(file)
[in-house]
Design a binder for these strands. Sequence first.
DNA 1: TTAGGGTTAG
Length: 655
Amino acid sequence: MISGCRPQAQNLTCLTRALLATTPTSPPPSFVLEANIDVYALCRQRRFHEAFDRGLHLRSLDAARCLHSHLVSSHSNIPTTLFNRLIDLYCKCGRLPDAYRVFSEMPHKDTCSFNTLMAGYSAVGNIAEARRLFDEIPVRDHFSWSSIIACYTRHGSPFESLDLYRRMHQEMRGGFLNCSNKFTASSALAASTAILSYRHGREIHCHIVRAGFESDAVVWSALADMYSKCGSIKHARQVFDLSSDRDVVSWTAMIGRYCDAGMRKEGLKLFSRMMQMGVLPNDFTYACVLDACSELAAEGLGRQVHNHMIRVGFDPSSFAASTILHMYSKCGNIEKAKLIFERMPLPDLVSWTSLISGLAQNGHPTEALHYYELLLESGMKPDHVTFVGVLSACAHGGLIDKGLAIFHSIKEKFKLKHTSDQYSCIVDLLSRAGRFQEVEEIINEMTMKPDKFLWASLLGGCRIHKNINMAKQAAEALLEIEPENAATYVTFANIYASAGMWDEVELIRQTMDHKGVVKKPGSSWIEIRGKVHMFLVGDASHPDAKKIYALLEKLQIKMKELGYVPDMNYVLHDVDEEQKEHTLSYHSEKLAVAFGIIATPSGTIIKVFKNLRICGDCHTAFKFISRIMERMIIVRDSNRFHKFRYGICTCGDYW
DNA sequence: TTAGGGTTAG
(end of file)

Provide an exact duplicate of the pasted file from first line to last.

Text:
[in-house]
Design a binder for these strands. Sequence first.
DNA 1: TTAGGGTTAG
Length: 655
Amino acid sequence: MISGCRPQAQNLTCLTRALLATTPTSPPPSFVLEANIDVYALCRQRRFHEAFDRGLHLRSLDAARCLHSHLVSSHSNIPTTLFNRLIDLYCKCGRLPDAYRVFSEMPHKDTCSFNTLMAGYSAVGNIAEARRLFDEIPVRDHFSWSSIIACYTRHGSPFESLDLYRRMHQEMRGGFLNCSNKFTASSALAASTAILSYRHGREIHCHIVRAGFESDAVVWSALADMYSKCGSIKHARQVFDLSSDRDVVSWTAMIGRYCDAGMRKEGLKLFSRMMQMGVLPNDFTYACVLDACSELAAEGLGRQVHNHMIRVGFDPSSFAASTILHMYSKCGNIEKAKLIFERMPLPDLVSWTSLISGLAQNGHPTEALHYYELLLESGMKPDHVTFVGVLSACAHGGLIDKGLAIFHSIKEKFKLKHTSDQYSCIVDLLSRAGRFQEVEEIINEMTMKPDKFLWASLLGGCRIHKNINMAKQAAEALLEIEPENAATYVTFANIYASAGMWDEVELIRQTMDHKGVVKKPGSSWIEIRGKVHMFLVGDASHPDAKKIYALLEKLQIKMKELGYVPDMNYVLHDVDEEQKEHTLSYHSEKLAVAFGIIATPSGTIIKVFKNLRICGDCHTAFKFISRIMERMIIVRDSNRFHKFRYGICTCGDYW
DNA sequence: TTAGGGTTAG